I love the chance to be the amateur detective and do a bit of backyard CSI when a perfectly good plant suddenly gets crook. It happened recently with these cheery people, pink pelargoniums in a hanging basket. The problem is that this is how they looked last spring. They were a happy family back then. This spring they were on the slab. Something was doing them in, and it wasn't pretty.
Let's start with the victim, back in the days when it was a healthy hanging basket of pelargoniums. The problem was, where it hung out, it was a sitting duck.
It was a mugging, a gang mugging. 17 culprits – count them – 17 curl grubs munching on the roots of my pelargoniums. These plant muggers can be found everywhere – under lawns, in pots or in garden beds – they're not fussy. They're the larvae of the common black garden beetle and they're very widespread here in Australia.
This is the classic curl grub mugging scenario. Hanging basket with an outside light nearby. You'd think a light would provide some safety, but not from curl grub muggings. In fact, the beetle mum is attracted to the light at night, finds a patch of soil conveniently nearby, and she lays a clutch of eggs. The eggs hatch in the soil and immediately start eating the roots of any plants they find. They're not fussy; they'll eat just about anything. They love lawn grasses, but pelargonium roots will do just fine if that's all that's on offer.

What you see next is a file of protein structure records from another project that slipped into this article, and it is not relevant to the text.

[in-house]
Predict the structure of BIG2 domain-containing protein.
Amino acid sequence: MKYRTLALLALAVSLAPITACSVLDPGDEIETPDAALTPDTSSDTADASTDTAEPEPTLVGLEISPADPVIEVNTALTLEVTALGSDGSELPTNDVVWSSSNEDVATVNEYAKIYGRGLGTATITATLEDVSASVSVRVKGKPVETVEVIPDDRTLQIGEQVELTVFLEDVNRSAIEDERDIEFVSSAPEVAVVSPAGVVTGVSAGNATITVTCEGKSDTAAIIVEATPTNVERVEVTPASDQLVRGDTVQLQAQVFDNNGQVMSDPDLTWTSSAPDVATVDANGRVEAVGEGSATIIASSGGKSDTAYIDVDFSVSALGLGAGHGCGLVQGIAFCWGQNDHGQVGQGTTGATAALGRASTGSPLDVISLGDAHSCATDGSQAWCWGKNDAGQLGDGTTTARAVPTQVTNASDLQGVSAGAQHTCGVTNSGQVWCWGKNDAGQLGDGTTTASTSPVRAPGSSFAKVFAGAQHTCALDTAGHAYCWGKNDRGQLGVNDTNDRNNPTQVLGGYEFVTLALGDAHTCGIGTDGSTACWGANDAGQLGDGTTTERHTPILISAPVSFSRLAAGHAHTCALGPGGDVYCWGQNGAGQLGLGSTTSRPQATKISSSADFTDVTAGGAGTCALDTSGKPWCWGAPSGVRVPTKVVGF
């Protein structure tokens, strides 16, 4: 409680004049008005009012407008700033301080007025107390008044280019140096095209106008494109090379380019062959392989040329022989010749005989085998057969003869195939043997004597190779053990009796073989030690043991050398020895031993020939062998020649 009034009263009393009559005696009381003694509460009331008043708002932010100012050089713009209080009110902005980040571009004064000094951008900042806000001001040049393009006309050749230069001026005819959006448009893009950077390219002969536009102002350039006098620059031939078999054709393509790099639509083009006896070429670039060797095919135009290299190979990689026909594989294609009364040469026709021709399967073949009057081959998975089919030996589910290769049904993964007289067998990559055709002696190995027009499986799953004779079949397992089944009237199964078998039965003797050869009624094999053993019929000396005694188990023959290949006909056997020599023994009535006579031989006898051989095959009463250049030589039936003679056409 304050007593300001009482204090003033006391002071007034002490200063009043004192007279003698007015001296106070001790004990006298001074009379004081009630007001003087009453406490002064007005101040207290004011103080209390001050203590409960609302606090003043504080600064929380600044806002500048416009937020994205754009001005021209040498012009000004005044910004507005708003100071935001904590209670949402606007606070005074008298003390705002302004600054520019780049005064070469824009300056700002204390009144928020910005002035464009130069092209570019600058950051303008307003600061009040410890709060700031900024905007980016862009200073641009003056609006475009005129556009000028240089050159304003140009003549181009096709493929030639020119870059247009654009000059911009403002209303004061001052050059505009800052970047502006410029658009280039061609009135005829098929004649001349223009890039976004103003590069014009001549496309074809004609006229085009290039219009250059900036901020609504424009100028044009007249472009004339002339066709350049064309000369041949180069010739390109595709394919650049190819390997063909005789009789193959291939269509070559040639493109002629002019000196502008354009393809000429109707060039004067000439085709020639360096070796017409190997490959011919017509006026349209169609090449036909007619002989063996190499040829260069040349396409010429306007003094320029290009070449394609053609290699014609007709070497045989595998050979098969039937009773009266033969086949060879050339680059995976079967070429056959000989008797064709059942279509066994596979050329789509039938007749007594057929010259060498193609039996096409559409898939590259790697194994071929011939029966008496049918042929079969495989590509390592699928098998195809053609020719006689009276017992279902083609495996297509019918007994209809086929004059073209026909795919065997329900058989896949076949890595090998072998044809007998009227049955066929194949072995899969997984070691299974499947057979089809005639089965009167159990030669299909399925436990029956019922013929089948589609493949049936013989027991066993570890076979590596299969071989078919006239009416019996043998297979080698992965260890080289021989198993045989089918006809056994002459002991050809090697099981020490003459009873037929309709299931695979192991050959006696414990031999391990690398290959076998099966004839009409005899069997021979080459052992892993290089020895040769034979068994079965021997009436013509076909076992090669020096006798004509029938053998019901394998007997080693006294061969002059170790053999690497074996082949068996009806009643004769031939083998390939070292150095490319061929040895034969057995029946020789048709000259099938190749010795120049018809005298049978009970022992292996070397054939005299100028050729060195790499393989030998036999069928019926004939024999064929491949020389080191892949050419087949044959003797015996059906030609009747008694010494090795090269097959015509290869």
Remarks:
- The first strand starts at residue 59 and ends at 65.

After I removed all the poor little emaciated pelargoniums from the basket they were all virtually bereft of feeder roots. Just the more stout tap roots and nothing much else.
Here's a close-up of the curl grubs. They're usually white and curled up like this. They look like sleeping babies but that's just a front when they feel threatened by bright sunlight. It's OK to handle them with your bare hands, as the hairs aren't nasty, as they can be with some caterpillars.
I dispose of the grubs by tossing them onto the roof of my shed, where the local magpies quickly swoop down for the free feed. In fact, if Aussie readers/gardeners ever see our native magpies standing on a lawn looking a bit odd as they turn their head sideways as if listening to something under the soil, that's exactly what they are doing. They're listening for grubs such as curl grubs munching and moving just beneath the soil.
My pelargoniums were so sad that I bought a punnet of three identical seedlings and planted them into new potting mix, but I trimmed up the best of last-year's plants and planted them in between the seedlings. Hopefully they'll recover and belt along like they did last year.
As a general tip for gardeners here in Oz, if you have a potted plant which used to be doing fine but is now struggling, despite all your best efforts at watering and feeding, think 'curl grubs' first and foremost. There's only one way to check for them: unpot the plant completely. Go through the soil with your hands very thoroughly, as the grubs will probably be numerous and everywhere, from the top of the soil down to the bottom, along the sides and in the middle.
If your 'problem' pot is somewhere near an outside light of any sort, that's the curl grub's classic MO (love the detective talk). Book em, Danno!